3 Ways to Take Control of Your Cash Flow

Written By Jeff Hindenach
Last updated December 8, 2020

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Personal Finance
June 26, 2017

Simple. Thrifty. Living.

Between direct deposit and online banking, it can feel like your checking account is made of keystrokes instead of dollars. The cash goes in, and with the swipe of a card, the cash goes out. It’s easy to lose track of how much was spent and where, but managing your cash flow doesn’t have to be difficult. Here are three simple strategies for taking control.

You’ve probably heard this before, but it’s the first step to managing your cash flow. If you don’t know what’s happening to your money, you won’t be able to redirect it. Write down every expense, even if it’s just the spare change you threw at the convenience store to get your soda fix. Save your receipts and calculate expenses in whatever way feels comfortable. For your tracking phase, you don’t need anything fancy. A simple spreadsheet or paper ledger will do to help you create a budget.

If you buy everything with plastic, you’re a step ahead. Print your credit card or bank statements from the past few months and then categorize your expenses (groceries, gas/transportation, eating out, etc.). Some financial institutions automatically categorize your transactions for you.

If you tend to purchase things with cash (or a mix of cash and card), you’ll need to track your expenses by hand. This can get tedious, but push through and take the time to do so. You’ll never see where your money is going if you don’t track it! Do this for at least one month. During your tracking phase, buy things as you normally would to get an accurate snapshot of your spending habits.

Before you pull out your wallet to buy that new jacket, transfer money into your savings account. After that, set aside whatever you’re going to owe for bills this month—that’s money you can’t touch.

Many financial institutions let you open multiple savings accounts under your primary account for free. Having multiple accounts makes it easier to see how much money you have set aside for various goals, and how much disposable income you have at any given time. This is great for mid- to long-term savings goals like a new computer or car, but it can also be used to manage your cash flow. If you have a hard time tracking how much you have available after expenses, set up a secondary savings account and use it for your bills. Transfer money into it after you get your paycheck, then transfer it back to your checking as you pay bills. It may also be possible to pay your bills directly out of this account.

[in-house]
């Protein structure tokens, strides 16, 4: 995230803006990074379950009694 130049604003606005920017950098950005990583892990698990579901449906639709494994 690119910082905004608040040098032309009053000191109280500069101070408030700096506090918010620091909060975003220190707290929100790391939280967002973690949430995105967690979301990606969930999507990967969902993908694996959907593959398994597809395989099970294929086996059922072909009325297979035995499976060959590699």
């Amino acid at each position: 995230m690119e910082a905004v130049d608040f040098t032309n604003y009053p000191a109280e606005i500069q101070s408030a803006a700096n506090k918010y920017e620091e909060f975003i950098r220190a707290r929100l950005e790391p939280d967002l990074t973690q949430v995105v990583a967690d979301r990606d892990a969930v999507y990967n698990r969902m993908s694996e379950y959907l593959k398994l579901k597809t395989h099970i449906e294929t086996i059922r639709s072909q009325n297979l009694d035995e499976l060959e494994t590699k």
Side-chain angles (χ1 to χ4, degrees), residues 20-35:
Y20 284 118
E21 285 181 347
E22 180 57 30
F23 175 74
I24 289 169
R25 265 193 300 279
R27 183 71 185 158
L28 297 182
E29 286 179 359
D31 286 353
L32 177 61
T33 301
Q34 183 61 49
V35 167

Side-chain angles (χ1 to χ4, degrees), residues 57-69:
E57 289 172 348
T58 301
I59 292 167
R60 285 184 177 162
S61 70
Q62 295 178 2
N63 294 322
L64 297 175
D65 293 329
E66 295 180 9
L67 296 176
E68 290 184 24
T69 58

Removing money from your checking account gives you a more honest picture about how much money you really have. Once you’ve paid yourself for your various savings goals and set aside money for bills, purchase that hardcover with gusto.

From your basic spreadsheet or envelope system to elaborate apps that track your entire financial portfolio, there is a budgeting system to meet every need. The important thing is to find a system that works for you and stick with it. Giving every dollar a label before it leaves your bank account allows you to take control rather than letting your money control you.

It may take trial and error, but having a clear picture of your finances gives you a sense of freedom. You’ll know whether you can afford to treat yourself to sushi, or whether you need to wait until next month. If you’re a heavy spender it may take some time to adjust, but the peace of mind that comes with being in charge of your money is priceless.

About the Author

Jeff Hindenach

Jeff Hindenach is the co-founder of Simple. Thrifty. Living. He graduated from Bowling Green State University with a Bachelor's Degree in Journalism. He has a long history of financial journalism, with a background writing for newspapers such as the San Jose Mercury News and San Francisco Examiner, as well as writing on personal finance for The Huffington Post, New York Times, Business Insider, CNBC, Newsday and The Street. He believes in giving readers the tools they need to get out of debt.

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